Attorneys for immigrant rights groups asked the U.S. Supreme Court Monday to rebuff a last-ditch attempt by the state to start prosecuting people for harboring and transporting those not in the country legally. Arizona Public Radio’s Howard Fischer reports.
The law makes it illegal to transport or harbor anyone unlawfully present in this country, or even encourage that person to come to Arizona. Like other provisions of SB 1070, both a trial judge and a federal appeals court blocked enforcement as preempted by federal laws. John Bouma, representing Gov. Jan Brewer, is asking the Supreme Court to rule that Arizona is entitled to have its own version. Attorney Karen Tumlin of the National Immigration Law Center disagreed.
“You can’t even enact a mirror image. And really here with the harboring and transporting provision, it’s Arizona’s attempt to criminalize activity that’s very similar to what’s criminalized federally and even to go beyond it,” Tumlin said.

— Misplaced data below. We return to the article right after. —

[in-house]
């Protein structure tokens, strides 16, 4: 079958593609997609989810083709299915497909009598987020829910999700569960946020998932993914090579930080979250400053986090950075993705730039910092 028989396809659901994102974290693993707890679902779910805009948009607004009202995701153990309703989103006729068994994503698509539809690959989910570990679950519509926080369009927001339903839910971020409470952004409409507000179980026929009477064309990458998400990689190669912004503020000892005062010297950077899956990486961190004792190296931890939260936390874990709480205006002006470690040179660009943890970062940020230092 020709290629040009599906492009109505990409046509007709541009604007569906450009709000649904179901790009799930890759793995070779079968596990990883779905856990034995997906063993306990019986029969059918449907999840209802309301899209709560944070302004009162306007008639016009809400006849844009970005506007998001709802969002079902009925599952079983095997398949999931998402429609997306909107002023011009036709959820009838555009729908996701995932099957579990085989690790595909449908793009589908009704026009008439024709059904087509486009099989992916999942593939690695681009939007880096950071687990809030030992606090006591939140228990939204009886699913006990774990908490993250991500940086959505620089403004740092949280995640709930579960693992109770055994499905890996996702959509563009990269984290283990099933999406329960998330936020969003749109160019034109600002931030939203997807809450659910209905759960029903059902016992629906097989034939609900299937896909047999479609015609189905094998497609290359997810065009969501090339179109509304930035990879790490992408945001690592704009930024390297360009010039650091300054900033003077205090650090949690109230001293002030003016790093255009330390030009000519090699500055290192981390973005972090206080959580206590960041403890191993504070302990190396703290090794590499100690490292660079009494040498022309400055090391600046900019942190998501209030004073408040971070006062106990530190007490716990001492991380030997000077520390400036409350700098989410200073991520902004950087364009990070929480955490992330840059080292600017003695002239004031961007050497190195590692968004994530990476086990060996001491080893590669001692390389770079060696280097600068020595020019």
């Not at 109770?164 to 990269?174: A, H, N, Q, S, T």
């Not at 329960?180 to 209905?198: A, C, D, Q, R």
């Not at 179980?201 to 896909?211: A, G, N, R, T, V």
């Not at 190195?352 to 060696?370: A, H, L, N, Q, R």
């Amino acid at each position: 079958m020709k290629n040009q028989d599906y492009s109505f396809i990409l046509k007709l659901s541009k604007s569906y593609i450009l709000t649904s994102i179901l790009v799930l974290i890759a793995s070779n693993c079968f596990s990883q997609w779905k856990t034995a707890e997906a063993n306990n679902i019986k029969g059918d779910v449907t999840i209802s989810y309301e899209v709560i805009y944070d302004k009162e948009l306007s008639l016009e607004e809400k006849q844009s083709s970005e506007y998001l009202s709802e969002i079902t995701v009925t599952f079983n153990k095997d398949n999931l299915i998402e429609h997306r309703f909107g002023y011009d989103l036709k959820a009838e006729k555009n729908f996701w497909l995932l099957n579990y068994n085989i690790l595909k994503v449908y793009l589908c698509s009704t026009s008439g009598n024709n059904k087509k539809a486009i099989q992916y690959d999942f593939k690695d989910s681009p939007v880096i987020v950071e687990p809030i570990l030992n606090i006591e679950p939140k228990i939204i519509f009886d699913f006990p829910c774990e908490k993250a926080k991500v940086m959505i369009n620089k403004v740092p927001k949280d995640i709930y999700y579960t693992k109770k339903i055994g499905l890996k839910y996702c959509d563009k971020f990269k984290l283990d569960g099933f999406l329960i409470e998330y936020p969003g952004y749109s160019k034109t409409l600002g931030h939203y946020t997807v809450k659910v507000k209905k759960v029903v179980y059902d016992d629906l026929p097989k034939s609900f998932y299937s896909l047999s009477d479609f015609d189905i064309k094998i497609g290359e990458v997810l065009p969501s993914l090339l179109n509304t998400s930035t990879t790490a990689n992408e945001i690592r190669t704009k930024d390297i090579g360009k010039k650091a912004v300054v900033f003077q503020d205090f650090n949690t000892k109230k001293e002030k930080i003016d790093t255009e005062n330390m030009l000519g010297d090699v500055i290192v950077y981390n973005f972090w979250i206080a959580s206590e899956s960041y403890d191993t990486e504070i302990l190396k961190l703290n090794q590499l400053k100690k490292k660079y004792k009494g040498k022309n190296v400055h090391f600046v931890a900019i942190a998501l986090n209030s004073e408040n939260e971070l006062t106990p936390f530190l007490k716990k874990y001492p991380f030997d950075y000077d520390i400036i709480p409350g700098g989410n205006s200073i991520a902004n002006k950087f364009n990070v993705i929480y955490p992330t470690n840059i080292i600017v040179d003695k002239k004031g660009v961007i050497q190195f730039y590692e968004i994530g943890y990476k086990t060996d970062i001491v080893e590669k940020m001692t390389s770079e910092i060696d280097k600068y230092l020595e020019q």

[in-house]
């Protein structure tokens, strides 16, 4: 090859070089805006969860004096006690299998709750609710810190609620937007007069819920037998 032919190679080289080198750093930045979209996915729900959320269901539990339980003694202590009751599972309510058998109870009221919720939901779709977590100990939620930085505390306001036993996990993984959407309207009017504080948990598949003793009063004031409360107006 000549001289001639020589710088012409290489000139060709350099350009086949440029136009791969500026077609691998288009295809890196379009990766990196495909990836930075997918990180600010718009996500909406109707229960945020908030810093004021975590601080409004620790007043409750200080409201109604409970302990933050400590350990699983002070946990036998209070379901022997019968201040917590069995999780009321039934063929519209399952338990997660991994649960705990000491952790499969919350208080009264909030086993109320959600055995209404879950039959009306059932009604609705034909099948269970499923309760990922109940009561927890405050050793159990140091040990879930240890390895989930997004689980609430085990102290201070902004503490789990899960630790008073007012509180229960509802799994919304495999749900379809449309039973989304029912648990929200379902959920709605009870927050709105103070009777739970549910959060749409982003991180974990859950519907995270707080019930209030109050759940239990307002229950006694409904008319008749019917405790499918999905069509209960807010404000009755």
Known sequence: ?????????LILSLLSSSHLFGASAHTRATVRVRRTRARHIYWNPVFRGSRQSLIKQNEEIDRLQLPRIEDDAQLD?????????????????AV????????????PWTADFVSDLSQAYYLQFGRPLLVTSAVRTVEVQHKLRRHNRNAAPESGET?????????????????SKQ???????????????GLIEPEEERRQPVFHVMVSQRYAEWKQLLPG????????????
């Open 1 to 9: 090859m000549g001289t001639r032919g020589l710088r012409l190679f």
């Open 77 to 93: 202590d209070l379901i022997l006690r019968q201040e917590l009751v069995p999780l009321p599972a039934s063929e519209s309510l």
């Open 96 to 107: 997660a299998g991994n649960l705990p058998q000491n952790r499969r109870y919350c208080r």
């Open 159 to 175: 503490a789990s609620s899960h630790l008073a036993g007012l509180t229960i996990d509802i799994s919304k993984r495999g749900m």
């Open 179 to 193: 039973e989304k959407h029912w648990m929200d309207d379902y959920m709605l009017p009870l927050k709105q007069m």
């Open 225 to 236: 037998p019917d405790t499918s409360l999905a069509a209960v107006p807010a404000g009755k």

Tumlin said one problem is it lets Arizona courts decide who is here legally. She cited the federal Deferred Acton for Childhood Arrivals program that allows certain people here illegally who came to this country as children to remain. But, Brewer has said they’re “unlawfully present aliens,” a category she uses to deny them a state driver’s license.
“You could imagine, for example, a U.S. citizen sibling of a DACA recipient, driving around their sibling to different locations. They could get charged with transporting under Arizona’s law,” Tumlin said.
The high court has not set a date to decide whether to hear Brewer’s appeal.